Simon Sharpe interview: How scientists and politicians are leading climate action astray

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IT IS easy to feel anxious about the state of the climate. July was the hottest month on record and hurricanes, floods and wildfires have recently ravaged many countries. Despite this, last week, the UK government delayed its plans for net zero. Rising carbon emissions put the world on course to increase its average temperature by about 2.7°C above preindustrial temperatures by the end of this century – almost double the Paris Agreement’s target of 1.5°C. But we can decarbonise the global economy far quicker, says Simon Sharpe, who has spent a decade working at the forefront of climate change diplomacy.

Sharpe joined the UK Foreign Office in 2005, where he worked on everything from human rights policy to counterterrorism. In 2012, he stumbled on a climate science lecture that made him realise catastrophic climate change wasn’t a negligible risk, but a likely scenario, and needed to be communicated to governments as such. He soon took on a series of climate-related government jobs, culminating in a high-profile role at the COP26 climate summit in Glasgow, UK, in 2021.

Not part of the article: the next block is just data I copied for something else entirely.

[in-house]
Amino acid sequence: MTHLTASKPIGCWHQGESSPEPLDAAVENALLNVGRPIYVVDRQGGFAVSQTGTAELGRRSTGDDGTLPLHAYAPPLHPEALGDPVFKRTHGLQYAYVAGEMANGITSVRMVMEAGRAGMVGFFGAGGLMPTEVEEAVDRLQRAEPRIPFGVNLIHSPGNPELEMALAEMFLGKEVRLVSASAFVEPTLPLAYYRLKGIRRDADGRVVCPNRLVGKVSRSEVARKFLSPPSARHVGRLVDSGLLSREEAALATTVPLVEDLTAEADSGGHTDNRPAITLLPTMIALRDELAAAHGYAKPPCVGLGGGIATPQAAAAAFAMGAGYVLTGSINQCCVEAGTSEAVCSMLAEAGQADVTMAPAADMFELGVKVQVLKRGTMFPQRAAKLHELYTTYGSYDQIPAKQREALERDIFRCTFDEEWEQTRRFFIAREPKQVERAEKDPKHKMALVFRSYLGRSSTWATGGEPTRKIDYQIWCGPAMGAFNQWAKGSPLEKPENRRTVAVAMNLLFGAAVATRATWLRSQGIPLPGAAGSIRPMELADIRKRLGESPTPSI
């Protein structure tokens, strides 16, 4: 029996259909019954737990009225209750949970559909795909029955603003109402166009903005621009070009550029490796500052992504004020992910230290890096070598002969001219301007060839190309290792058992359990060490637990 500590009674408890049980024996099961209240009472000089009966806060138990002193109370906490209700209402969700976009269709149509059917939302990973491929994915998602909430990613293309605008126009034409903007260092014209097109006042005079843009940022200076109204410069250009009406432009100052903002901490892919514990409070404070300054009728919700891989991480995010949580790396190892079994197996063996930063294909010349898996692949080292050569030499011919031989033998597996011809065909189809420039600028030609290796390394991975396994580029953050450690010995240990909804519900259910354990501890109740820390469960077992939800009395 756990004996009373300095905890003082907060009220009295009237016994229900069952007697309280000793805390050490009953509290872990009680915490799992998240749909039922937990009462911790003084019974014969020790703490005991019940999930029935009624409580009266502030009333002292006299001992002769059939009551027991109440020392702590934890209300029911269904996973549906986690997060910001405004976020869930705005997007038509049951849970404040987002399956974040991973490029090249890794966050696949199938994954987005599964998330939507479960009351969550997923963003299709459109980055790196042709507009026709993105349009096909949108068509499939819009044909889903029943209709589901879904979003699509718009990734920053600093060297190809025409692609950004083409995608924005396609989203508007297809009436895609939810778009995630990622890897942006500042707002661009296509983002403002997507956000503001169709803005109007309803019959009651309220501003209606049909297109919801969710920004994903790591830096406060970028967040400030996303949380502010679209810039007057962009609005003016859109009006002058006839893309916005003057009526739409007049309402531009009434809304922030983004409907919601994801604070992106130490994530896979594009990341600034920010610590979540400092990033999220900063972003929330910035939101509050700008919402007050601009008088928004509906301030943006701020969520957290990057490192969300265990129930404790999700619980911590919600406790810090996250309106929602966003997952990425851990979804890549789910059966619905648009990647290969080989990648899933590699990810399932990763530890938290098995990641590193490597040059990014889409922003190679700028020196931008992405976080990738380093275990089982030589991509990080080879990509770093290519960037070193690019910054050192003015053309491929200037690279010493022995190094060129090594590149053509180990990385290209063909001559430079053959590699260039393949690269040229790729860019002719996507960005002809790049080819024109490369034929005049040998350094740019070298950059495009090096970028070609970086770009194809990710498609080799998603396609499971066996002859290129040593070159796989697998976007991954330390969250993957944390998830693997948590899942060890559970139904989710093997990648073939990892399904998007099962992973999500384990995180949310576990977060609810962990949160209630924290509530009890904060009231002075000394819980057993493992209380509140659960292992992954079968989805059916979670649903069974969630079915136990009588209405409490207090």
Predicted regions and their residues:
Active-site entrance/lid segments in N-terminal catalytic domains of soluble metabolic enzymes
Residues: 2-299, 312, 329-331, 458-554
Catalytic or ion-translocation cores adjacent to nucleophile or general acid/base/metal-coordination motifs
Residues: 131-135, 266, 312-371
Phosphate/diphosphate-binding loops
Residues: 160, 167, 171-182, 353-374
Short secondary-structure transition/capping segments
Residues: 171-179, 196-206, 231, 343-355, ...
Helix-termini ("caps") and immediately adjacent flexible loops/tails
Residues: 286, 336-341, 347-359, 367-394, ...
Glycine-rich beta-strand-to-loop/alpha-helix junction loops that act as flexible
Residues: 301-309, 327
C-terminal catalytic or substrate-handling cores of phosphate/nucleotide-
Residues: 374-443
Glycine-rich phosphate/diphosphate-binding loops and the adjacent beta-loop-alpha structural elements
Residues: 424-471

Today, Sharpe is a senior fellow at the non-profit World Resources Institute and director of economics at the philanthropically funded organisation Climate Champions.

In his recent book Five Times Faster, Sharpe argues that it is time to see the economy as dynamic and invest in new technologies, rather than protecting the status quo. The institutions that are supposed to be helping us tackle climate change, he says, are inadvertently slowing us down. He tells New Scientist what has gone wrong with our approach to climate science, economics and …

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